We drove to Gaoua where the Lobi people settled. I went to visit a traditional Lobi house know as “maison soukala”. A man lived there with his 18 kids and 3 wives. There is a single vast mud banco wall and a small entrance. An entrance to a Lobi house is relatively recent development. Traditionally, there were ladders constructed from notched branches leading up to the roof where there was a hole for entry at the top. Only the chief of the household can give permission to enter. The rooms inside are very dark and spacious. Each wife has a section of the house for herself and her children. Canaris jars (large earthenware jars) are often stacked up against the kitchen walls. I was told that each wife has a special canaris jar that she would break if she decided to leave her husband, It would be considered a sign of divorce.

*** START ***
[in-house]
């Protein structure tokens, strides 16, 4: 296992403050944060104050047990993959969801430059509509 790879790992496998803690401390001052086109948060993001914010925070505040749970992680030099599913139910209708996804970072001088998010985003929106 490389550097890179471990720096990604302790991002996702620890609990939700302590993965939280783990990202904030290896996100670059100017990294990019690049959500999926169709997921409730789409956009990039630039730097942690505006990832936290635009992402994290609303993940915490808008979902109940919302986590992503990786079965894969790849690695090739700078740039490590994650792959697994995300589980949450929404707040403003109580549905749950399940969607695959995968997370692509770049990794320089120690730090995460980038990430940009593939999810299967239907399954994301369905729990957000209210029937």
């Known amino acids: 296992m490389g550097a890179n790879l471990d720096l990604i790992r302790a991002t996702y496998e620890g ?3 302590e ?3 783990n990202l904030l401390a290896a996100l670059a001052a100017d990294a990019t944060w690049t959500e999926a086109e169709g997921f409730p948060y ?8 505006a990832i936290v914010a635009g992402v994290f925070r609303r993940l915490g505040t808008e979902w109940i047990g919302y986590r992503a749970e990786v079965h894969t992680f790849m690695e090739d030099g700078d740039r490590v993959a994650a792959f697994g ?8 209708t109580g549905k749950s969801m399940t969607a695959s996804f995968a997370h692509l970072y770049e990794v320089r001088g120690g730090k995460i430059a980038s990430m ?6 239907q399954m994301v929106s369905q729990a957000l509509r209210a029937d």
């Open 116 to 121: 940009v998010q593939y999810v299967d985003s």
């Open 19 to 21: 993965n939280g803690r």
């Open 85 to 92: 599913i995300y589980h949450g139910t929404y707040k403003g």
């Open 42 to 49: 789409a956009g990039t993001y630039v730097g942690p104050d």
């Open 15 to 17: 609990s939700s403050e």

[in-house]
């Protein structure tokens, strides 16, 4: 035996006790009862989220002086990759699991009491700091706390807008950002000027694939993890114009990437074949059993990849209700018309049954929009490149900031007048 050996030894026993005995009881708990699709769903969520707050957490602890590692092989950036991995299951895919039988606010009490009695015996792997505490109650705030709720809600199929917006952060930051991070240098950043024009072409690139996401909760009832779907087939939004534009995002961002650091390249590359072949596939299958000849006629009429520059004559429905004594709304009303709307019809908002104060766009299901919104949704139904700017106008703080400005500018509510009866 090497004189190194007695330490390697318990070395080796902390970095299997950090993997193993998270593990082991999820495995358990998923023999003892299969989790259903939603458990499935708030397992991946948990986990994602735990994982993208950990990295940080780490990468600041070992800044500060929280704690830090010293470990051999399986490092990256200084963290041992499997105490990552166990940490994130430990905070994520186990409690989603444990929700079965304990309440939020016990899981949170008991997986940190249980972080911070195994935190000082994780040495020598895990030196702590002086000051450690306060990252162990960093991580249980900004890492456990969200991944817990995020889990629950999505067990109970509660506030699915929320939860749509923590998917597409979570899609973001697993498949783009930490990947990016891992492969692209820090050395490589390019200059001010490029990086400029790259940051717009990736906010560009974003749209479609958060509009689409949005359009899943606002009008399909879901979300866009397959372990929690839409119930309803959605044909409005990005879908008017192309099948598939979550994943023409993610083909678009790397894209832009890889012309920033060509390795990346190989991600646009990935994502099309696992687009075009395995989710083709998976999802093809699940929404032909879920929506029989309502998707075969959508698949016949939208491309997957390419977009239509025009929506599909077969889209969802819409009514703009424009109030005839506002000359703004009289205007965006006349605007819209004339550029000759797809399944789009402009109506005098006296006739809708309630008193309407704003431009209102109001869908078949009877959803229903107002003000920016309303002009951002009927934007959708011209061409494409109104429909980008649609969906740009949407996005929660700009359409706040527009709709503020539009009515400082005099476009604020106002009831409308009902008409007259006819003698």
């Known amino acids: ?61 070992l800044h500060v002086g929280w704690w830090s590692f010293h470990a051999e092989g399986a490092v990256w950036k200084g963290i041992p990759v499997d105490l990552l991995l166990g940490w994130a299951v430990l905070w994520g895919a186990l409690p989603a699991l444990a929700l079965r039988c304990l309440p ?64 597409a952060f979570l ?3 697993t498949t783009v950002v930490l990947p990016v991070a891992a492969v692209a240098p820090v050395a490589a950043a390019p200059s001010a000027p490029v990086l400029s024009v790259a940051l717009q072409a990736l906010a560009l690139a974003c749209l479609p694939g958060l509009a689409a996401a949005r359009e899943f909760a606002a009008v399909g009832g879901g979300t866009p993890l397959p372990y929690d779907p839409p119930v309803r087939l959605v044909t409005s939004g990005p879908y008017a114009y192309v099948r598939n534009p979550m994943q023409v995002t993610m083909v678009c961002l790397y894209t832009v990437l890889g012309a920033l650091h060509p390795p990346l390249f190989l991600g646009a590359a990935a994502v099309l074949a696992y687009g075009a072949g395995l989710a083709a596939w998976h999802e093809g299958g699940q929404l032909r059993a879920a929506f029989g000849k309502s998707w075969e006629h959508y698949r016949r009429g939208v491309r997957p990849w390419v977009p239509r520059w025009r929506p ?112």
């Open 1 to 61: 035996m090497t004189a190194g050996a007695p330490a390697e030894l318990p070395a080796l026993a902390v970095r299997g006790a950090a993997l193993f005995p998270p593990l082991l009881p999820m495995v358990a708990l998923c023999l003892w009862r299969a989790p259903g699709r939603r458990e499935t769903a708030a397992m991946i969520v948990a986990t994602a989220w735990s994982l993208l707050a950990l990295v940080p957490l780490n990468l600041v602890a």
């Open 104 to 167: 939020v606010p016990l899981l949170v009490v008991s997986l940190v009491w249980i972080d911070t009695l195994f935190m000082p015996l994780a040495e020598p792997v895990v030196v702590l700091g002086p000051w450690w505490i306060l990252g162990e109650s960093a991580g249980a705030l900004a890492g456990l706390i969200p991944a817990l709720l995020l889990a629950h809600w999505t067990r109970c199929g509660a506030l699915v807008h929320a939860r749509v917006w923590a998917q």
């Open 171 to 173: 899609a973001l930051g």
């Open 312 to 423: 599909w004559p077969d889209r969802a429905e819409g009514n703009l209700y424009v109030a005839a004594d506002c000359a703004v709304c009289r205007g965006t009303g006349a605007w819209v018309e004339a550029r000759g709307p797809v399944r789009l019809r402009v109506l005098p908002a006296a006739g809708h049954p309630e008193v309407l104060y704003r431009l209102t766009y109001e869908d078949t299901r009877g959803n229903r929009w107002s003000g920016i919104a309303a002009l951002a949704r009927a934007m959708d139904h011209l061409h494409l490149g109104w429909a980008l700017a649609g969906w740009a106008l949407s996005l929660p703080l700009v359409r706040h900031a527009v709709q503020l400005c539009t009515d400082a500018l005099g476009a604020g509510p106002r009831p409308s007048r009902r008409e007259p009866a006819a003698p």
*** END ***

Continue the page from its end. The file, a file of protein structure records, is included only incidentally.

Our car got a flat and we spent some time drinking millet beer and hanging with kids while the tire was being fixed. A nice, chill time♪
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According to local myth, Gaoua was founded when the Lobi migrated across from northern Ghana in 1770. Gan people were already living in Gaoua. The name Lobi originates from two Lobiri words: “lou”, meaning forest, and “bi”, meaning children. Translated literally it means, “Children of the forest”. They were farmers, hunters, herders but above all, they were warriors. The Mounhoun river is important in Lobi myth and symbolizes a dividing line between this world and the next. The Lobi crossed the Mounhoun centuries ago from east to west and settled in Gaoua bringing with them their deep animist beliefs and superstitions. According to Lobi legend the spriits of the deceased must return across the river to rejoin their honorable ancestors in the ancient world.